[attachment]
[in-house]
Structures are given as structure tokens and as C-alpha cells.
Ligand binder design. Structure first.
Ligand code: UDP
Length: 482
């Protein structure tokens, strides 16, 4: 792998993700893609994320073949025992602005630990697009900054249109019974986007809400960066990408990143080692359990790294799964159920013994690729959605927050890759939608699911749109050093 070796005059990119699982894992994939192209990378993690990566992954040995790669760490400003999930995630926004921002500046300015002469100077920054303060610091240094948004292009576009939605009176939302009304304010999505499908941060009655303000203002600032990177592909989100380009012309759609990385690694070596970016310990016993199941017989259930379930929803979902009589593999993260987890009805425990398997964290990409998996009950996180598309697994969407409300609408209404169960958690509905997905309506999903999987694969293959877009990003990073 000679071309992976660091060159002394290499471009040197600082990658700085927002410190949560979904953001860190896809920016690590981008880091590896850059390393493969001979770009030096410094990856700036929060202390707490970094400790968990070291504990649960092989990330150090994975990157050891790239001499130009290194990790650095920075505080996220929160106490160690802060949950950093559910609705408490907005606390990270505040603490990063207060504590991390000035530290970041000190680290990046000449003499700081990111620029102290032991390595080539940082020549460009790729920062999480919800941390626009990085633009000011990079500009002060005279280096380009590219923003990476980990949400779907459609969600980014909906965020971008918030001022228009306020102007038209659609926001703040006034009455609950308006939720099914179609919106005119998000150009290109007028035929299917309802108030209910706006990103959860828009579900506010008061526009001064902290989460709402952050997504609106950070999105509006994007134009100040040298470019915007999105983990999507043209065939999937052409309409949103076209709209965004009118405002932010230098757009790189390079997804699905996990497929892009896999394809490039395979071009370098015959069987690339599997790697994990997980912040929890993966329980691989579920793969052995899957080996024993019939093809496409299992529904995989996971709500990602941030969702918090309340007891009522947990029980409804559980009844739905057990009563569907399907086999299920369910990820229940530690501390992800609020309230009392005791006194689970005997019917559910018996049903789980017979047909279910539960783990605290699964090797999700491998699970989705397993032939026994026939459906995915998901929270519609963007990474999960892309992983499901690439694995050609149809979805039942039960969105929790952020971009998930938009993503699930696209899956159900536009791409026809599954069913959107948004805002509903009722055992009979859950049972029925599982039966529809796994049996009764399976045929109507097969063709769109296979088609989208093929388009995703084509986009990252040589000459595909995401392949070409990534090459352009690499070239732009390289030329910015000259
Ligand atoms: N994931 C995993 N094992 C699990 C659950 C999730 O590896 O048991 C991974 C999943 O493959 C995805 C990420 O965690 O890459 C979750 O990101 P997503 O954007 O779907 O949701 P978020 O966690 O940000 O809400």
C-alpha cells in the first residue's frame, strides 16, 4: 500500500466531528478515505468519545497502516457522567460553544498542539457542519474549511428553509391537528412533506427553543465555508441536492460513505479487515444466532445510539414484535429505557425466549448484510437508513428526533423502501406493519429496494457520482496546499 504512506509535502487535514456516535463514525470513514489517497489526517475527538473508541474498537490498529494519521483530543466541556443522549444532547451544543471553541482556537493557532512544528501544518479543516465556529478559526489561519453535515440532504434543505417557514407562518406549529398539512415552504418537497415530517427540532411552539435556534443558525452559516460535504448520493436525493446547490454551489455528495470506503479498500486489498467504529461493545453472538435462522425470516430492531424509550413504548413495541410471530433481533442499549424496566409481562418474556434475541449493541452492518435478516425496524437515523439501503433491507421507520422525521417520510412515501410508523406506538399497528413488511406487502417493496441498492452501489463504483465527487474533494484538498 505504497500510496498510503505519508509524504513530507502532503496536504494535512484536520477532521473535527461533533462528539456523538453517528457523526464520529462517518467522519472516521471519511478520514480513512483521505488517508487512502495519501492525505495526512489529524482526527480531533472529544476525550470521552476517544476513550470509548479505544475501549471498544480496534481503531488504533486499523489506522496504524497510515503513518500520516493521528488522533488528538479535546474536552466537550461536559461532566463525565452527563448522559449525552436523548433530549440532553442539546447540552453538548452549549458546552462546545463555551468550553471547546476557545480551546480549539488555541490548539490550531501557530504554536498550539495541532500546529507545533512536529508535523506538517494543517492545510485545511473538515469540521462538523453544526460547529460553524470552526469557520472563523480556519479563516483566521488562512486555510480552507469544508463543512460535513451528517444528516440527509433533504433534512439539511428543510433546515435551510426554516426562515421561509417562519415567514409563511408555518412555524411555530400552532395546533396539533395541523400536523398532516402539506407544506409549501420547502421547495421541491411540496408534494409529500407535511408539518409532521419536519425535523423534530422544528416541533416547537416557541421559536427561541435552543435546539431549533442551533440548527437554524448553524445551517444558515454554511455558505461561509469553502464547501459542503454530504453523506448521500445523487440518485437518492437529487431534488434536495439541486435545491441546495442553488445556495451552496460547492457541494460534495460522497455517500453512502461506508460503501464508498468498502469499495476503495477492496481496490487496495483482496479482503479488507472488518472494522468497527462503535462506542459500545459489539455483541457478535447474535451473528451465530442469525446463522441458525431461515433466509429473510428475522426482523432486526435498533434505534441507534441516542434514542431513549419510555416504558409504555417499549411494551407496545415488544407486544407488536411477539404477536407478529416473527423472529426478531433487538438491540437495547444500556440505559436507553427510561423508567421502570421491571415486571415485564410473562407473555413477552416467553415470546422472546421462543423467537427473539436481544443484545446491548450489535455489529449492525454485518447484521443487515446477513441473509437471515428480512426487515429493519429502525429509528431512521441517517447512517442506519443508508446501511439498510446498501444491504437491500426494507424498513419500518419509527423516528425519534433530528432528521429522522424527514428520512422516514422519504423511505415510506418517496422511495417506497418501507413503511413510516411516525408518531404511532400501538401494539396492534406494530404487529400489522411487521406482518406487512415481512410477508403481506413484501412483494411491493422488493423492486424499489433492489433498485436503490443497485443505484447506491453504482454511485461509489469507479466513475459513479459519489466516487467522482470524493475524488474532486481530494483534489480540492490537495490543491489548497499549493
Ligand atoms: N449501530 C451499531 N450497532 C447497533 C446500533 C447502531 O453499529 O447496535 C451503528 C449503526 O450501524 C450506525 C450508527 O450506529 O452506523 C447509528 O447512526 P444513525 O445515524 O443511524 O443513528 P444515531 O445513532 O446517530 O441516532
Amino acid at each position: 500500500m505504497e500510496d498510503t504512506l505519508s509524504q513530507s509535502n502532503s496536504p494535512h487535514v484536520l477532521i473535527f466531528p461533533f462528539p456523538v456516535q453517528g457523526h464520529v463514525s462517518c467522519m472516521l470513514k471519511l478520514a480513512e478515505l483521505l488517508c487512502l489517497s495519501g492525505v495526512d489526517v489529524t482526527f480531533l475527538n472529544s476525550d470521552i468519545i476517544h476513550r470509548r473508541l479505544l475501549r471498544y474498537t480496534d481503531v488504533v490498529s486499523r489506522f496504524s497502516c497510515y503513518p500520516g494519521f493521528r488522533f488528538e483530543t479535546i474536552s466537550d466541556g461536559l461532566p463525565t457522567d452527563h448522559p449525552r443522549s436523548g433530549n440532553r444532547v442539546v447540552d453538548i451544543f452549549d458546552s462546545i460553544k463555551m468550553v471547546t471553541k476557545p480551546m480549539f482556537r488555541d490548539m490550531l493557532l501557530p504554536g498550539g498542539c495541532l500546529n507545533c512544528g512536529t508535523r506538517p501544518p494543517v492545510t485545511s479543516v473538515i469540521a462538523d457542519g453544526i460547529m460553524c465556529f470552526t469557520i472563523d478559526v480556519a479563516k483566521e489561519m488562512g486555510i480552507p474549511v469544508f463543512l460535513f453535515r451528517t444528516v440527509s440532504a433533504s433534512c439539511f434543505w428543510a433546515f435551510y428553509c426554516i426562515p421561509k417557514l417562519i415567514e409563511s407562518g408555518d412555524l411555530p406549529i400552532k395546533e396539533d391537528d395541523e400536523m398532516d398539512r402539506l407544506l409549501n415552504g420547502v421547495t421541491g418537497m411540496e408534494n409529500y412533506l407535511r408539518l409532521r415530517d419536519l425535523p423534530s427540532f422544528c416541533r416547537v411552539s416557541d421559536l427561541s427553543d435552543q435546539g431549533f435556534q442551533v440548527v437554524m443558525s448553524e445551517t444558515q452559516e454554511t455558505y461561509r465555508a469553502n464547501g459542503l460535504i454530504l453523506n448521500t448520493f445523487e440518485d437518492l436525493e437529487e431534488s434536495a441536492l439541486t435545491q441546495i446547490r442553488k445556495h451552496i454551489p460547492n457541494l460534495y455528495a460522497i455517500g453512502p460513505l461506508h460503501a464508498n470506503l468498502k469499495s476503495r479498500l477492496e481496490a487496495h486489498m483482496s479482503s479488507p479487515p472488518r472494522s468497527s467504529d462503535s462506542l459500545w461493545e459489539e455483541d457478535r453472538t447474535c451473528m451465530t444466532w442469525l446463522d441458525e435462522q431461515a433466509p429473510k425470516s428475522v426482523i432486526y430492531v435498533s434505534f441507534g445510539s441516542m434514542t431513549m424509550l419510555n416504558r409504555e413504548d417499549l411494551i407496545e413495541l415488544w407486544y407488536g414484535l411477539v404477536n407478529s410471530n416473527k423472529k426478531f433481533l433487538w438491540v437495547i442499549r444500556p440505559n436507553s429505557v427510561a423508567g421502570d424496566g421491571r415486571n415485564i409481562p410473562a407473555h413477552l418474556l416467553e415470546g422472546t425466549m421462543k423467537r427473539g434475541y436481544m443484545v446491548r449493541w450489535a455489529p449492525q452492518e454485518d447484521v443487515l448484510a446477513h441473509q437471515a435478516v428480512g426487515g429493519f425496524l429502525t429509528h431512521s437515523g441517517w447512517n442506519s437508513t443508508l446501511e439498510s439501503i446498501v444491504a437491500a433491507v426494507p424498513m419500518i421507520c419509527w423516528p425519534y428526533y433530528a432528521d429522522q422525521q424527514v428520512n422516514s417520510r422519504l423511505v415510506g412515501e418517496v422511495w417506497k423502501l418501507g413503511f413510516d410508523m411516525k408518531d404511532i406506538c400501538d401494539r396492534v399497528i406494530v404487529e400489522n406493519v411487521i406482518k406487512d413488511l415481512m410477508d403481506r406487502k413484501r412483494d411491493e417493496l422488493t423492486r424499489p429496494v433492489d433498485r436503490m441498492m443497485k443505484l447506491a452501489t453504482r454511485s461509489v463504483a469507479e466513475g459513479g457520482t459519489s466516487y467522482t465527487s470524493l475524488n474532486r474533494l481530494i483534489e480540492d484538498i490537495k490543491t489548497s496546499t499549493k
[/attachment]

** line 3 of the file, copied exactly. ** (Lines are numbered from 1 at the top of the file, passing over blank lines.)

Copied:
Ligand binder design. Structure first.